If you face a dental emergency, please give us a call immediately. We are always here to assist with your child's dental health. Please call our emergency number if your dental emergency needs urgent attention after hours.
Below are some tips on dealing with urgent dental situations. We suggest displaying this list on your refrigerator or storing it near your emergency phone numbers for easy reference.
If your child has bitten their lip or tongue severely enough to cause bleeding, clean the bite gently with water and use a cold compress (a cold, wet towel or washcloth pressed firmly against the area) to reduce or avoid swelling. Give us a call to help determine the seriousness of the bite.
If your child has chipped or broken off a piece of their tooth, have them rinse their mouth with warm water, then use a cold compress to reduce swelling. Try to locate and save the tooth fragment that broke off and place it in a clean container of milk, and call us immediately.
If your child's permanent tooth has been knocked out of their mouth, find the tooth and rinse it gently with cool water (do not scrub it clean or use soap), taking care to only touch the crown of the tooth (the part you can see when it is in place). If you can, place the tooth back in its socket and hold it in place with a clean towel or cloth. If you cannot return the tooth to its socket, place it in a clean container with milk, saliva or water. In either case, call us immediately and/or head to the hospital. If you act quickly, it is possible to save a permanent tooth.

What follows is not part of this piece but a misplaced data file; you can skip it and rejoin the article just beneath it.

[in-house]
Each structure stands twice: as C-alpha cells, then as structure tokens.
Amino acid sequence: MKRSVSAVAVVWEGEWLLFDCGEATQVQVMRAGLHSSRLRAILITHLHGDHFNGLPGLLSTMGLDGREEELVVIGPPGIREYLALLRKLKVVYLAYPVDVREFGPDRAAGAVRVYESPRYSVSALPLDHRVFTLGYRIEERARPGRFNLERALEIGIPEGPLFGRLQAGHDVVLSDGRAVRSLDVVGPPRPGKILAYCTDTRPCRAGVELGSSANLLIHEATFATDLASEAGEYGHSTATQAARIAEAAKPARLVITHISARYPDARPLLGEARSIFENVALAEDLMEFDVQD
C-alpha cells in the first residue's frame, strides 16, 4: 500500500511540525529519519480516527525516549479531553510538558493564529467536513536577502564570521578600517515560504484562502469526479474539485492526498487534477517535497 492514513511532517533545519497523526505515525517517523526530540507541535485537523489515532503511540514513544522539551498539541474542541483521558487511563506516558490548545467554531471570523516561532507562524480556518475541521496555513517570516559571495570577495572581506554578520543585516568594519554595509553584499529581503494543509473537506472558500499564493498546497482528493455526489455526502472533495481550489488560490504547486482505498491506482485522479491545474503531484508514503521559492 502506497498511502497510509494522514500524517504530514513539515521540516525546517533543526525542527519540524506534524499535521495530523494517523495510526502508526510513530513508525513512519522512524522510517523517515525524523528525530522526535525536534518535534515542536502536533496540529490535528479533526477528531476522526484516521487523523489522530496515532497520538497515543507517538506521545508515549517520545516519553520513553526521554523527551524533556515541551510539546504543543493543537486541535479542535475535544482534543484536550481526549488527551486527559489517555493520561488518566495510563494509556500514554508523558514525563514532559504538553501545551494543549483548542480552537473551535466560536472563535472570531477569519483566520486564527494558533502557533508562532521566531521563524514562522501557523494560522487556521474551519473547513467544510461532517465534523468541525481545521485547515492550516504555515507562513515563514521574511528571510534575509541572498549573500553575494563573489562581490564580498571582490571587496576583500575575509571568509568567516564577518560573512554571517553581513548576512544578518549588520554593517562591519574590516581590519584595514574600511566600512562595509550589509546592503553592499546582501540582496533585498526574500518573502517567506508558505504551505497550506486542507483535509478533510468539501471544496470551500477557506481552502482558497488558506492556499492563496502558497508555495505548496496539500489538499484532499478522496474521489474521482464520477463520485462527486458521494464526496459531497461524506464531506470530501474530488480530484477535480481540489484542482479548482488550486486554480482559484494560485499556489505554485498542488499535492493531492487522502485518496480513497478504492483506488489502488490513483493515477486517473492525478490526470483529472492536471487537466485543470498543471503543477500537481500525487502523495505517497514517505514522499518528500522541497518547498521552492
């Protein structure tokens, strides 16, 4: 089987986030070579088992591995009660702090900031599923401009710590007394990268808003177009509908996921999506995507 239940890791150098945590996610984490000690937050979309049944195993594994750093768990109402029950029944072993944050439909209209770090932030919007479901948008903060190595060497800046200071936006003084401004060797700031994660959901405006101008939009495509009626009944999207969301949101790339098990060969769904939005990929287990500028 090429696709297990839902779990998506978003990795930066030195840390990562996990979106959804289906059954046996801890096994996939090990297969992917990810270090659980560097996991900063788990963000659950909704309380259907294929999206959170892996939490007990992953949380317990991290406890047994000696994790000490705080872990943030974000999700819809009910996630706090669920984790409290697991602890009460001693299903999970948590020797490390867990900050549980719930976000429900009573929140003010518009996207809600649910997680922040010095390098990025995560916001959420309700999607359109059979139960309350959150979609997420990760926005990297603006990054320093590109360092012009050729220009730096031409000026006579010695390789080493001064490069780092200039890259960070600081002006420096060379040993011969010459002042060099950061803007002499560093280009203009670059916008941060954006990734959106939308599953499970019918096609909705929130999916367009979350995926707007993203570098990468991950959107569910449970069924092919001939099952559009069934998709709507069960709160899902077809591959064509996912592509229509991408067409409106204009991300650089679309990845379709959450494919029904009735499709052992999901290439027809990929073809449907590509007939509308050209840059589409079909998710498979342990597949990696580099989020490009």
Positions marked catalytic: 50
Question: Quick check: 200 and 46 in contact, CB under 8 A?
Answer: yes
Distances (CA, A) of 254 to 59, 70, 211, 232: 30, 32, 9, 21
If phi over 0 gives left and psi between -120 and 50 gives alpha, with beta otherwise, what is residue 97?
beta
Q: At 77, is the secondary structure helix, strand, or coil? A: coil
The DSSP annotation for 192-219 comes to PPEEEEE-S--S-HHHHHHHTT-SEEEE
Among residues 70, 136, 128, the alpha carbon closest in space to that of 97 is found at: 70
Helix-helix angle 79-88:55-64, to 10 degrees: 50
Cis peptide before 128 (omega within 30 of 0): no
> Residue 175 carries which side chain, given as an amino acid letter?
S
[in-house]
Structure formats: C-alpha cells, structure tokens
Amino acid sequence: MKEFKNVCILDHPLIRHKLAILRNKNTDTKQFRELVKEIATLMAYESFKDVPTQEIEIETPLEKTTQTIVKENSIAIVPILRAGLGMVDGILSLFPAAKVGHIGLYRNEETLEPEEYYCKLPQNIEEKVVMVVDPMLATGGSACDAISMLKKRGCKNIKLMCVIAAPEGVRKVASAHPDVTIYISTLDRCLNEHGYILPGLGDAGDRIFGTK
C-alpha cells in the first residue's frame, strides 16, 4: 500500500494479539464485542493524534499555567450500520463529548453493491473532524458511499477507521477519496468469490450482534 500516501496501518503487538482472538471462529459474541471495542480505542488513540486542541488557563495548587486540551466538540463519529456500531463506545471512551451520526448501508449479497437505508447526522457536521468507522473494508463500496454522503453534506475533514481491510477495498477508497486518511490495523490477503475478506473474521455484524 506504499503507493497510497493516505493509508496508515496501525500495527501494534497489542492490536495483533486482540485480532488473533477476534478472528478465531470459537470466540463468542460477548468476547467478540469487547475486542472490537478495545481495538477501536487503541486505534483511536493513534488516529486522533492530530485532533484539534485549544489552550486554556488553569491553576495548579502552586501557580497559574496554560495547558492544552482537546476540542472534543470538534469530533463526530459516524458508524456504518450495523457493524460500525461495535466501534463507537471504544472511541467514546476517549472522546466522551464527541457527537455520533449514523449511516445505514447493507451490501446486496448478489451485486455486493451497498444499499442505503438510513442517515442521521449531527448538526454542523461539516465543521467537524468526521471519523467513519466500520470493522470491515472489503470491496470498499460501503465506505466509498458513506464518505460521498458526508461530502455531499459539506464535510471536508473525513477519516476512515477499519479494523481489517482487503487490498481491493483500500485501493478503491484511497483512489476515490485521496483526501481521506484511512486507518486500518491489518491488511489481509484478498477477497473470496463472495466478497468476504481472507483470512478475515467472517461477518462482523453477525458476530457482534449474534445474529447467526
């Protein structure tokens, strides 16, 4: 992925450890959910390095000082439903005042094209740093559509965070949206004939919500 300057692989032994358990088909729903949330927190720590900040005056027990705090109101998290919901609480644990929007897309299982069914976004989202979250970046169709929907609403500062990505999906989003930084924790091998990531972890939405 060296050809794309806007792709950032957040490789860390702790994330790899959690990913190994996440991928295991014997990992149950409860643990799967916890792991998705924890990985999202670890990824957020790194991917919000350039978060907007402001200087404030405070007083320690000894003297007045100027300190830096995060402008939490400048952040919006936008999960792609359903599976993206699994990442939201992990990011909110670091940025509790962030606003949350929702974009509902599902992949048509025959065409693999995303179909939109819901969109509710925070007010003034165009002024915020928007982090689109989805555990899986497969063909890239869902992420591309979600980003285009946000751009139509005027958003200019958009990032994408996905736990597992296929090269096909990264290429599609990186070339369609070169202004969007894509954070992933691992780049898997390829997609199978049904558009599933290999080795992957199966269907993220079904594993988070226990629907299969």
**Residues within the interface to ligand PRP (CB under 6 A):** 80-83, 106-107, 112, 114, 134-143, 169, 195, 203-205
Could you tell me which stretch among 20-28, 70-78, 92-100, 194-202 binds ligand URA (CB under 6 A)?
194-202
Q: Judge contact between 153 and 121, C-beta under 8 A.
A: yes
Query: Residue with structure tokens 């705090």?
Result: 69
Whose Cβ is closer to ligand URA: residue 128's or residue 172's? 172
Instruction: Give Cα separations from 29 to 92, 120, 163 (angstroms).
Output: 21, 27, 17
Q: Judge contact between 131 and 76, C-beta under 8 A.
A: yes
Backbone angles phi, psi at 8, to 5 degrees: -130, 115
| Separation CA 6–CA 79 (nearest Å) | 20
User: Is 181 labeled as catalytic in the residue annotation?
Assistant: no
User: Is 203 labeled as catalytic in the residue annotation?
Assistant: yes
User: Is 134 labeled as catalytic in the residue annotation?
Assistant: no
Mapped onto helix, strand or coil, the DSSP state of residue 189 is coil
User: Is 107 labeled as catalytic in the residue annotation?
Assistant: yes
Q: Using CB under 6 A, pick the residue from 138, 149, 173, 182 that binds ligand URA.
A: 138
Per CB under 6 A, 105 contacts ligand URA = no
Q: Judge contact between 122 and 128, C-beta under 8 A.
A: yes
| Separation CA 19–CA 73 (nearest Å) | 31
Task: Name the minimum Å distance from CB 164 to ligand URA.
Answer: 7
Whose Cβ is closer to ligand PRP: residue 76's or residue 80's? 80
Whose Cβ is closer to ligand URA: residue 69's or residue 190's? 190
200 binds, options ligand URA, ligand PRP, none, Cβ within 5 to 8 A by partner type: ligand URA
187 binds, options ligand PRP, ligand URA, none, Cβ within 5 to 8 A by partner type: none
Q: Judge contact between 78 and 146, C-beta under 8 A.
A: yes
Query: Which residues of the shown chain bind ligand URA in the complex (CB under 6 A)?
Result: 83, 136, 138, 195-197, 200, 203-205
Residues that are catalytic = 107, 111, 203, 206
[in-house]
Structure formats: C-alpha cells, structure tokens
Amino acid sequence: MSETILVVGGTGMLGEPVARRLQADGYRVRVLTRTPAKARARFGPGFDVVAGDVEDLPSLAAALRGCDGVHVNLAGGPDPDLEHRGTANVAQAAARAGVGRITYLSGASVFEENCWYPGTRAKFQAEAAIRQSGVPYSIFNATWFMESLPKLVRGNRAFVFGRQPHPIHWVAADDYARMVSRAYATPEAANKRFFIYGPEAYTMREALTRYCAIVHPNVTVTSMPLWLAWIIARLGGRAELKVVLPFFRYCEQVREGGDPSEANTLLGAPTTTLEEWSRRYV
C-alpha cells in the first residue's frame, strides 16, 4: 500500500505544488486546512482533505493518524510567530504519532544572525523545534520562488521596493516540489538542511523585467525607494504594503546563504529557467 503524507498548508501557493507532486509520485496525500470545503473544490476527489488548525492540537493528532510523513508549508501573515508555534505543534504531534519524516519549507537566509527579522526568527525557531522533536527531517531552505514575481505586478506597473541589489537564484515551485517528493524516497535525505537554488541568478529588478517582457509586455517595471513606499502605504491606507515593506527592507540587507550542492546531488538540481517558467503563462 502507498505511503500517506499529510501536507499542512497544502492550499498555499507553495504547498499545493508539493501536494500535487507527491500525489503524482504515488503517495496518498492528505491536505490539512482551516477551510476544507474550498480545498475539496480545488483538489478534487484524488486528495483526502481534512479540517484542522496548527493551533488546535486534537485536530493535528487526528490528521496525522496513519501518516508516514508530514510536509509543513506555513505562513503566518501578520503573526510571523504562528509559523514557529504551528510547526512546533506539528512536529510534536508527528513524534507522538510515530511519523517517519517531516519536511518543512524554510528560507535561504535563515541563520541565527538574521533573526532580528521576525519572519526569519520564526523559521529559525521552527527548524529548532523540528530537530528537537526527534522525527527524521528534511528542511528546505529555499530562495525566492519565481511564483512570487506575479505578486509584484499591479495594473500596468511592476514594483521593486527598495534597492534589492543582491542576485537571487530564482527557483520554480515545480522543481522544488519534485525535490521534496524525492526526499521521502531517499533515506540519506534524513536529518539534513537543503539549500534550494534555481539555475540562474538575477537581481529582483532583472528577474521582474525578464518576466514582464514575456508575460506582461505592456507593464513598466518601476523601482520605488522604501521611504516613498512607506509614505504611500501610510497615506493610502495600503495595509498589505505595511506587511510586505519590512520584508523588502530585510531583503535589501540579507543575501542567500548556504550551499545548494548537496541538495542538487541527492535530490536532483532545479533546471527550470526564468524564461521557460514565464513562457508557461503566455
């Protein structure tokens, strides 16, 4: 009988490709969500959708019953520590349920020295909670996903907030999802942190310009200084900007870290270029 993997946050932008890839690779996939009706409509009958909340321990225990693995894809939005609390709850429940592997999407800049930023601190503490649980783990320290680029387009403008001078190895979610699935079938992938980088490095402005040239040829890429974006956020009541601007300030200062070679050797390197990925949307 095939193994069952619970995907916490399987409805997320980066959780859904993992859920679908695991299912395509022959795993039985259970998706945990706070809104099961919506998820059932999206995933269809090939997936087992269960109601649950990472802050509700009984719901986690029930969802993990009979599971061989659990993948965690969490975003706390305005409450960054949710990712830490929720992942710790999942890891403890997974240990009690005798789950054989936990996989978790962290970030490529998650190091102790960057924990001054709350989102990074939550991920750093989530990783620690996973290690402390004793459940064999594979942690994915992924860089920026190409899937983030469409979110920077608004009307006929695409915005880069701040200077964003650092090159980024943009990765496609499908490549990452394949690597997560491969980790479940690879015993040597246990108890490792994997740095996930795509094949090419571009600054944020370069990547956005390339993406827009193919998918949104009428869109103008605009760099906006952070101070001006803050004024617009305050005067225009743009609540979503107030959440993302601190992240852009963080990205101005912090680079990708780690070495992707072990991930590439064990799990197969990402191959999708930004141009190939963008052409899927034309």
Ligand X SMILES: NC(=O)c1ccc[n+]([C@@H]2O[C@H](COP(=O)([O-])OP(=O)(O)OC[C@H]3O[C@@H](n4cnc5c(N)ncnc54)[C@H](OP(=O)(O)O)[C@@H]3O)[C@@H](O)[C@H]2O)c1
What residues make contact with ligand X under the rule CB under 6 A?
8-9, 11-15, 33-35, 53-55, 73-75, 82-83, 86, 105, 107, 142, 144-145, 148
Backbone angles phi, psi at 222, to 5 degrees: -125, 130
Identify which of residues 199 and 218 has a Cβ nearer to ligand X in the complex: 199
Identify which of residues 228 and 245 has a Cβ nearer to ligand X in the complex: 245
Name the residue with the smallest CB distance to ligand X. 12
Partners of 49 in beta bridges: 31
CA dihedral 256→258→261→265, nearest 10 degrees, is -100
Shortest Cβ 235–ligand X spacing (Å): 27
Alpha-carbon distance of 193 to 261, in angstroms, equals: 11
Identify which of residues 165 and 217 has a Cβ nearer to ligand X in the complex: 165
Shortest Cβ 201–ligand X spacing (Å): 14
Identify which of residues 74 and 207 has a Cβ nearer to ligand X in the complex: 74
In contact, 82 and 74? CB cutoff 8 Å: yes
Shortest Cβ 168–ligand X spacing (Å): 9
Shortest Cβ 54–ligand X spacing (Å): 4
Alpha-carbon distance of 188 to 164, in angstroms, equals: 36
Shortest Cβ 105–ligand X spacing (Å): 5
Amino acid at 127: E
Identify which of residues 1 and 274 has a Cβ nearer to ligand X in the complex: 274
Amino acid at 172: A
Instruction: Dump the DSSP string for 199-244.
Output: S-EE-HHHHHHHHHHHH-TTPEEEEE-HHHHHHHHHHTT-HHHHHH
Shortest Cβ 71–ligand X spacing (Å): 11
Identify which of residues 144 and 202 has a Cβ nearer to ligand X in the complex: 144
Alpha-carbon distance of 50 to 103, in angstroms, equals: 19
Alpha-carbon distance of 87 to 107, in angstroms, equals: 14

Rinse out your child's mouth and check for any other tooth damage. Place pressure with gauze or a washcloth, this will help control the bleeding.
We do not put baby teeth back in their sockets after being knocked out because it is very unlikely the teeth will heal properly. There is a risk that the tooth will fuse to the bone and inhibit proper eruption of the permanent tooth that follows.
In the event a baby tooth is knocked out, call our office to schedule an appointment to make sure no other teeth have been damaged and that proper healing is occurring.
If your child complains of a toothache, rinse their mouth with warm water and inspect their teeth to be sure there is nothing caught between them. If pain continues, use a cold compress to ease the pain. Do not apply heat or any kind of aspirin or topical pain reliever directly to the affected area, as this can cause damage to the gums. Children's pain relievers may be taken orally. Call our office and schedule an appointment immediately.
If you know or suspect your child has sustained a severe blow to the head or a broken jaw, use a cold compress to reduce swelling. Go directly to the emergency room of your local hospital immediately, and call our emergency number. In many cases a broken jaw is the result of a blow to the head. Severe blows to the head can be dangerous and even life threatening.